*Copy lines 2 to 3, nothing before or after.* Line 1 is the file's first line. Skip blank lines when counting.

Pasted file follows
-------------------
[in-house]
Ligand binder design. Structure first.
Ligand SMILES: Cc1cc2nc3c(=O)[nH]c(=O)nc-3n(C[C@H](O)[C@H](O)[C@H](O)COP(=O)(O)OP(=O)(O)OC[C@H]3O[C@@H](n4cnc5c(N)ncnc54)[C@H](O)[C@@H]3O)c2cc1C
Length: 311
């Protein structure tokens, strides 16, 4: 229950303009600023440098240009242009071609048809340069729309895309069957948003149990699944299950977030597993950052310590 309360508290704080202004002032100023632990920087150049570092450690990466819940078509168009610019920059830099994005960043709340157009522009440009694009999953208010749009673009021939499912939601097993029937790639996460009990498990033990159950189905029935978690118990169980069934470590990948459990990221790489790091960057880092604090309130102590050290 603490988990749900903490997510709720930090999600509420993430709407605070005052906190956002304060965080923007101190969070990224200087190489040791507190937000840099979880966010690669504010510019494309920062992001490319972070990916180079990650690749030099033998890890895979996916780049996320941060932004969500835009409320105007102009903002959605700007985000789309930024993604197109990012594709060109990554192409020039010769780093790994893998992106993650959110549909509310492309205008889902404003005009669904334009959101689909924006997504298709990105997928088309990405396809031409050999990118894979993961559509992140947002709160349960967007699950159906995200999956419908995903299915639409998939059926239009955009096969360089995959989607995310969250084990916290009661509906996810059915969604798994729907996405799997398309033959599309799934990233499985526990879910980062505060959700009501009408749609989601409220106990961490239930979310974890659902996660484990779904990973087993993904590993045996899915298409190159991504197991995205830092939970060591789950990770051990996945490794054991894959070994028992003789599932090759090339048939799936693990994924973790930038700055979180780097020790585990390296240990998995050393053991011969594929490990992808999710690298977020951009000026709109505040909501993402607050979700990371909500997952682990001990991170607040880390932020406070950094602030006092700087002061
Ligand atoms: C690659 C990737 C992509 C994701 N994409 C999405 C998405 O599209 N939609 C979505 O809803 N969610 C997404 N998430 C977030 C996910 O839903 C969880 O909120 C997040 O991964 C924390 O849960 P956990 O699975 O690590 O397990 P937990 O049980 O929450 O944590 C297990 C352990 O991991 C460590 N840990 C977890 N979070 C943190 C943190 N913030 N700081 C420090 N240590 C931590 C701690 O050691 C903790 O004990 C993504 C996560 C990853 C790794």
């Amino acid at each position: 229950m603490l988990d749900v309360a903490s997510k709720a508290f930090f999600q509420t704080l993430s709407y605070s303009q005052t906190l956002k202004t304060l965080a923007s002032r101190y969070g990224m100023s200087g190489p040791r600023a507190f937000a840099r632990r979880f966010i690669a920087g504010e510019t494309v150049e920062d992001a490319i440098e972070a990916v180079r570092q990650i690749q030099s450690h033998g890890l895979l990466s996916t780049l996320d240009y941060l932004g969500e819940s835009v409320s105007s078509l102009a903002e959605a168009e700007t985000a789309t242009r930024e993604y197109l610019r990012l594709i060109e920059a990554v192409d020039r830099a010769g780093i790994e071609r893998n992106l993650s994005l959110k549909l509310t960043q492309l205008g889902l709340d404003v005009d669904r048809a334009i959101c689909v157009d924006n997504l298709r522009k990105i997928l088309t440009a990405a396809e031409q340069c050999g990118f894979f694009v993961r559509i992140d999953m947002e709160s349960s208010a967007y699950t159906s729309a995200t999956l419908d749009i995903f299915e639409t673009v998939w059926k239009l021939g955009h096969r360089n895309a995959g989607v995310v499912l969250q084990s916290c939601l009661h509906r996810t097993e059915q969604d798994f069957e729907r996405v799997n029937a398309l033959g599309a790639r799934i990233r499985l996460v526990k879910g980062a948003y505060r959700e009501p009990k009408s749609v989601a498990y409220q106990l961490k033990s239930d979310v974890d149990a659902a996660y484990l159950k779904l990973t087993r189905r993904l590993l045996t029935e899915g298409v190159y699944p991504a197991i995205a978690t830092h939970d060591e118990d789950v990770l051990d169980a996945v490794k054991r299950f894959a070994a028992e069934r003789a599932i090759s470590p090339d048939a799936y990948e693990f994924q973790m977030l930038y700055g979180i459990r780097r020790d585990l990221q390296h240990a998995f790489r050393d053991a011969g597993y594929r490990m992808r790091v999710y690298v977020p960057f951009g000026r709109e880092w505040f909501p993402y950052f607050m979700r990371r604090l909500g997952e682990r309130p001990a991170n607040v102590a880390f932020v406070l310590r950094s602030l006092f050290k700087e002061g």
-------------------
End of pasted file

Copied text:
Ligand binder design. Structure first.
Ligand SMILES: Cc1cc2nc3c(=O)[nH]c(=O)nc-3n(C[C@H](O)[C@H](O)[C@H](O)COP(=O)(O)OP(=O)(O)OC[C@H]3O[C@@H](n4cnc5c(N)ncnc54)[C@H](O)[C@@H]3O)c2cc1C